Britney Spears has been one of the most endearing and debated artists in the history of pop music. 2021 was a banner year for discourse on the pop princess: the Free Britney movement gained massive momentum as her father’s long-standing conservatorship over her affairs was finally dissolved. There were three documentaries about Spears in 2021 alone.

Here in Charleston, the star is the subject for the first big dance production of 2022 as Dance Lab presents Be Free: A Celebration of the Sounds and Freedom of Britney Spears. The one-night-only show takes the stage at Charleston Music Hall on Jan. 30 at 7 p.m., and promises to be a jam-packed tribute to one of pop culture’s most enduring icons.

Jenny Broe Quinn has been planning Dance Lab’s Britney Spears tribute since before the pandemic.

“Every dancer wants to dance Britney Spears,” says Jenny Broe Quinn, owner of Dance Lab. “It is our favorite. Every time we play a song in the studio it’s like, ‘Oh my God, it’s Britney Spears!’ You just feel sexy, you feel cool, you love it. It brings back memories of childhood and teenagehood. Every dancer feels like a queen or king dancing to her voice.”

Originally, Dance Lab had a show prepared before the pandemic for a combo Britney Spears-Justin Timberlake show. The show was postponed due to the shutdown three weeks from curtain, but continued to linger in the studio’s plans. It was inevitable that it would come back.

About half the show returns from that pre-pandemic showcase, with the rest being new song choices. Half the cast returns as well, as dancers have changed or moved since early 2020. Dancers had four weeks of intense rehearsals to put together the show, a fast turnaround for Dance Lab, where shows are usually given two months of prep. 

There are 65 dancers in the show, ages 18-60, all members of The Bad Girls Club + The Guys, the studio’s adult dance company. Some just started dancing months ago, others have been dancing for decades — Dance Lab prides itself on the diversity of its dancers.

Be Free also represents a return to full staging for Dance Lab. During the almost two years out of the venue, Dance Lab has created its own intimate performance space at its studio. But its dancers are ready to return to the big stage.

“These dancers are so hungry to perform,” said Quinn. The dancers, like much of the performing arts community in Charleston, return to the stage amid a new surge of COVID-19 cases and varying health and safety protocols. “We’re trying to stay really safe. So the Music Hall felt like the best fit for us because they’re doing such a good job of handling it all.”

Sara Coy, who has been with Dance Lab since 2018 and is a member of the Bad Girls Club, is super excited about the show and the pieces she’s dancing in. Coy is featured in five pieces of Be Free, including “Boys,” a number that takes Coy back to her musical theater days.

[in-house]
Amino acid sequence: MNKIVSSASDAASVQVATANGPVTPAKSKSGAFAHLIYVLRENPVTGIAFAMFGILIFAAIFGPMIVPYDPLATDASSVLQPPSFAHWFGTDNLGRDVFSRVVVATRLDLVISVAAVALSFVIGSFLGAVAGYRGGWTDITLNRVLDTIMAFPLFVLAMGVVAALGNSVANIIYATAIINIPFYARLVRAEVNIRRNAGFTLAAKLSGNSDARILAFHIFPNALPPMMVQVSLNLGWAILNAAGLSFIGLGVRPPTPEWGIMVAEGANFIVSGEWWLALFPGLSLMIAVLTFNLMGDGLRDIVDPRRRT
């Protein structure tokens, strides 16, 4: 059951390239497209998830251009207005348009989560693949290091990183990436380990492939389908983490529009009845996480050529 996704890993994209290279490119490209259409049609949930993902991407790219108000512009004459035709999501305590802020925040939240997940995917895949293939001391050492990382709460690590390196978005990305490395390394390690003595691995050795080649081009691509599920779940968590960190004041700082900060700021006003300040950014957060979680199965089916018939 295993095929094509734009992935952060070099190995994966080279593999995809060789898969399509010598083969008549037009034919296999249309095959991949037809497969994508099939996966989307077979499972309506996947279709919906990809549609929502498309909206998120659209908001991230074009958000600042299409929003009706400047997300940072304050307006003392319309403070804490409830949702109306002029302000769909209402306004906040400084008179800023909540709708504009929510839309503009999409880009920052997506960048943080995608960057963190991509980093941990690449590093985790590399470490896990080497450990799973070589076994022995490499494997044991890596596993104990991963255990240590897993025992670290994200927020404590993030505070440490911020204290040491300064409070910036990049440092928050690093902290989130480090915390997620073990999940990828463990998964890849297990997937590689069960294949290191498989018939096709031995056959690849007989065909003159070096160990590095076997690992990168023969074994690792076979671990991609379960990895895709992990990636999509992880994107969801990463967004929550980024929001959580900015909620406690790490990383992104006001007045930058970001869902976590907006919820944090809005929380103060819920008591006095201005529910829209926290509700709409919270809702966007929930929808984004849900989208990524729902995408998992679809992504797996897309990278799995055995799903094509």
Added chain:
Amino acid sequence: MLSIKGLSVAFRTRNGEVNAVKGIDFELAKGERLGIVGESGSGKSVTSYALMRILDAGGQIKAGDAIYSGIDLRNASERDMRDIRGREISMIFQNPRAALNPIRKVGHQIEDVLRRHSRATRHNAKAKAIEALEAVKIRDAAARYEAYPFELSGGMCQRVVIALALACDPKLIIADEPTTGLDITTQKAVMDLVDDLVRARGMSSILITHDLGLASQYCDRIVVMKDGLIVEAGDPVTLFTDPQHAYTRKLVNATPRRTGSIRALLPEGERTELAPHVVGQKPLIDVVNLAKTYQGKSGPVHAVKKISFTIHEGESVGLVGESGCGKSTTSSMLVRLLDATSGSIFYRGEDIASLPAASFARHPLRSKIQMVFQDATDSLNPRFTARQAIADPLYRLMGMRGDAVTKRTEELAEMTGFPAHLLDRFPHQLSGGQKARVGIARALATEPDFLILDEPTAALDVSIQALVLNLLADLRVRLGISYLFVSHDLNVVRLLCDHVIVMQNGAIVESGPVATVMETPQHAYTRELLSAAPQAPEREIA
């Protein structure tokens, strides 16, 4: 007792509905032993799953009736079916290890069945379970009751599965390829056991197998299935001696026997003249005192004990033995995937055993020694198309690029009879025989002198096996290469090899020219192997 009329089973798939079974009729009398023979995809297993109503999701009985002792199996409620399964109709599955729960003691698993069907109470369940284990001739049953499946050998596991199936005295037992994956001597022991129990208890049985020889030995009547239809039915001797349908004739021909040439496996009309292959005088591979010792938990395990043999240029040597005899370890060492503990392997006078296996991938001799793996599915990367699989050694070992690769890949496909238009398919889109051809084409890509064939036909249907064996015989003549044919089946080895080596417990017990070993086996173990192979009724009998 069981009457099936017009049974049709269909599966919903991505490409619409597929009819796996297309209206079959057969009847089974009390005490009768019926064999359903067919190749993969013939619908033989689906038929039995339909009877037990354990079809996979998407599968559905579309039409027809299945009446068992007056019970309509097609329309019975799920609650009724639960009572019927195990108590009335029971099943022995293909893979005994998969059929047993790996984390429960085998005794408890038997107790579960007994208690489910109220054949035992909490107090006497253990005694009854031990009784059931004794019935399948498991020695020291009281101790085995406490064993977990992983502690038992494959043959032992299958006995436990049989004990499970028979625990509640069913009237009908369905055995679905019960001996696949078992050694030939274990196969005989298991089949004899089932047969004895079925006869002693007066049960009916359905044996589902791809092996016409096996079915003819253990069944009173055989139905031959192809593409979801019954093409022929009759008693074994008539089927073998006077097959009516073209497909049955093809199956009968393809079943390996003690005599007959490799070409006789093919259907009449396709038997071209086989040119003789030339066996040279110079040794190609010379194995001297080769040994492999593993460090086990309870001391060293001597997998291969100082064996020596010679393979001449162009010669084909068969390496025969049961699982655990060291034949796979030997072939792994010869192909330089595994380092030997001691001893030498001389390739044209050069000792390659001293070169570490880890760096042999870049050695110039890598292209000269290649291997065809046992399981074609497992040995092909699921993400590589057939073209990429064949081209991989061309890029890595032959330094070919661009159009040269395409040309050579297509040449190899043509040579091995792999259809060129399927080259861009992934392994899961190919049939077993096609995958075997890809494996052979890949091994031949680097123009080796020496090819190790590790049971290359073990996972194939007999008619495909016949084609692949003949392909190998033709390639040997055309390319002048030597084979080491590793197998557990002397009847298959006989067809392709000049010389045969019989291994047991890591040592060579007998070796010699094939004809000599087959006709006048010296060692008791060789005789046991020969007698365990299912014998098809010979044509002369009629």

“As a performer, Britney is very unique and has that rare compelling quality that makes her very accessible to the audience,” said Coy. “You can be a fan of almost any other genre, and there will be a song or aspect to Britney that will appeal, often on a visceral level.” 

Fans of Britney Spears are in for a night of great dancing set to some of the artist’s best songs. There’s an exciting opening number with some potentially awesome surprises that cycles through some of the pop star’s iconic songs. Audiences can expect to see hits including, “Baby…One More Time,” “Toxic” and “Circus.” A contemporary piece called “Breathe On Me” brings a beautiful sensuality while slowing down the proceedings. What’s On Tap, a tap dancing crew, will perform a number. Another act features Matrix-themed costumes, breaking up the thematic elements of the production.

Dance Lab is also encouraging audiences to get involved in the Britney love affair. They are holding a costume contest, inviting audience members to come dressed in their best Spears-themed outfits. The winner of the costume contest will receive a voucher for unlimited Dance Lab classes for six months, a value of $1,200.

“We all look up to Britney Spears as an artist,” said Quinn about the importance of a show like this. “She has shaped so many dancers through song, dance, her videos, costuming: there’s so much to be given to her. So we want to celebrate her in a major way.”

Quinn is confident that there’s something for fans and casual attendees alike. “Even if you don’t like Britney Spears or people don’t enjoy her music, I think watching what we create, pieces of artwork to her songs, will give people a new appreciation to enjoy the visuals.”

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